- Internally WebKit’s CSS Parser has been taught the correct spelling of “hertz”.
- Displaying of suggested results in the omnibox through Google Instant is now available for Mac OS X.
- An exponential back-off system has been implemented, preventing Chrome from causing DDoS attacks.
- Part of Chrome’s side for HTML5′s interactive validation has landed, validation messages for forms.
- Acer’s Jeff Fang seems to by busy porting Chrome to a limited memory device.
- The usual bunch of Chromium OS fine-tuning commits.
Next week branching for Google Chrome 9 will occur, and I’m expecting more work on Web Inspector’s revision system to be completed. See you next Monday!
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Last week the projects received another 1,126 commits, 615 for Chromium and 511 for WebKit. Some highlights include updated Terms of Service and the removal of the CSS Variables code.
To start off with improved standards support, the stepUp and stepDown API methods for certain input elements have been updated to match the specification in case step-mismatching occurs. The unloadEventStart property has been added for the Web Timing implementation.
WebKit’s implementation of CSS Variables has been removed. Even though it has been disabled for ages and the implementation never shipped in stable builds, I’m quite a fan of variables. It just makes creating and, more importantly, maintaining large websites a lot easier. Nevertheless, since Google really wants the feature to be implemented, be sure to keep an eye out for this bug if you’re interested as well.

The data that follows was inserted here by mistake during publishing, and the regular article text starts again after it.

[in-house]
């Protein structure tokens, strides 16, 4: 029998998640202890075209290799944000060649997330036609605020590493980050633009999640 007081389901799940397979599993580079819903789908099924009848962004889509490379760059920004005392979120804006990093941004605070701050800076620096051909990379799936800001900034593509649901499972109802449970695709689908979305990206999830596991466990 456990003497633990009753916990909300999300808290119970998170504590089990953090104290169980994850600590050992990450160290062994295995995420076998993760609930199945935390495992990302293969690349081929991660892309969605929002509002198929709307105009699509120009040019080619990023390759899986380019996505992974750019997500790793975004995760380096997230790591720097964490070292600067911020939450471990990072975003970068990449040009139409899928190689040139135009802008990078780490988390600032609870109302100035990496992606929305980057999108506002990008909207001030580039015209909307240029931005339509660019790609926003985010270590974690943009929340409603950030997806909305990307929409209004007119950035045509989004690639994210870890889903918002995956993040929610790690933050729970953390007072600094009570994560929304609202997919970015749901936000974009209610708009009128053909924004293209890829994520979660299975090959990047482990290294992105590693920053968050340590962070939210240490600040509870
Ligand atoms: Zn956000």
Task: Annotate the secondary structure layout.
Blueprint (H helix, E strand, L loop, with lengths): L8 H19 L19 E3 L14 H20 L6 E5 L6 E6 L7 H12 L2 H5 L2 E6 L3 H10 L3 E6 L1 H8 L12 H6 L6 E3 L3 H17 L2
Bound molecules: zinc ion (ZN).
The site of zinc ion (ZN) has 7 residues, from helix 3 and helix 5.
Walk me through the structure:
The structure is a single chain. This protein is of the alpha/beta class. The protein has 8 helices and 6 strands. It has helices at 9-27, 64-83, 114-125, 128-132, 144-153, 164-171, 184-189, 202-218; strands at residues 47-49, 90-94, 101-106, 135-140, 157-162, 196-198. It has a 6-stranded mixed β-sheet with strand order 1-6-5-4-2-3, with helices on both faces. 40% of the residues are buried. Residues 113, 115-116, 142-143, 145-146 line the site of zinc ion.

Implementation is one thing, but getting them standardized and available in other engines won’t be easy. With an essay like this around from a member of the CSS Working Group and a lot of discussion in general, reaching a consensus on any syntax, behavior or draft won’t be simple.
Other updates which occurred last week:
- Google Chrome’s Terms of Service have been updated, adding additional terms for Enterprise use.
- The style property on attribute nodes has been removed, except for Objective-C bindings.
- Internally Web Inspector’s Storage Panel has been renamed to Resources Panel as well.
- CSS files included for Chromium’s Web Inspector will be concatenated.
- WebKit now really passes the Acid 3 test, as two bugs were cancelling each other out.
- Synchronization of resizing the renderer for accelerated compositing no longer is Darwin-specific.
- Downloads in Chromium may now be restarted if they previously have been cancelled.
- Asynchronous file writers will now be available for Web Workers.
- The fullscreen UA-stylesheet will now only be injected when the document is in fullscreen mode.
- Multiple background images on an element won’t cause repeated repaints anymore.
- More message-functions have been added in preparation of full support for interactive validation.
- Navigating on websites with dark backgrounds used to result in white flashes – it won’t anymore.
- The focus ring on image maps has been updated to take zooming into account.
- The spatial navigation’s node selection algorithm has been updated quite significantly.
- The network-error pages will now only contain gradients if the user’s display supports high color depths.
- DirectX diagnostics will now be gathered asynchronously on about:gpuinfo due to performance reasons.
- A search box has been added to the DOM UI, but it doesn’t actually do anything yet.
- The Omnibox Extension API has been moved out of its experimental status.
- The “Edit Bookmark” dialogs on Chromium for Windows are now resizable as well. Great change really.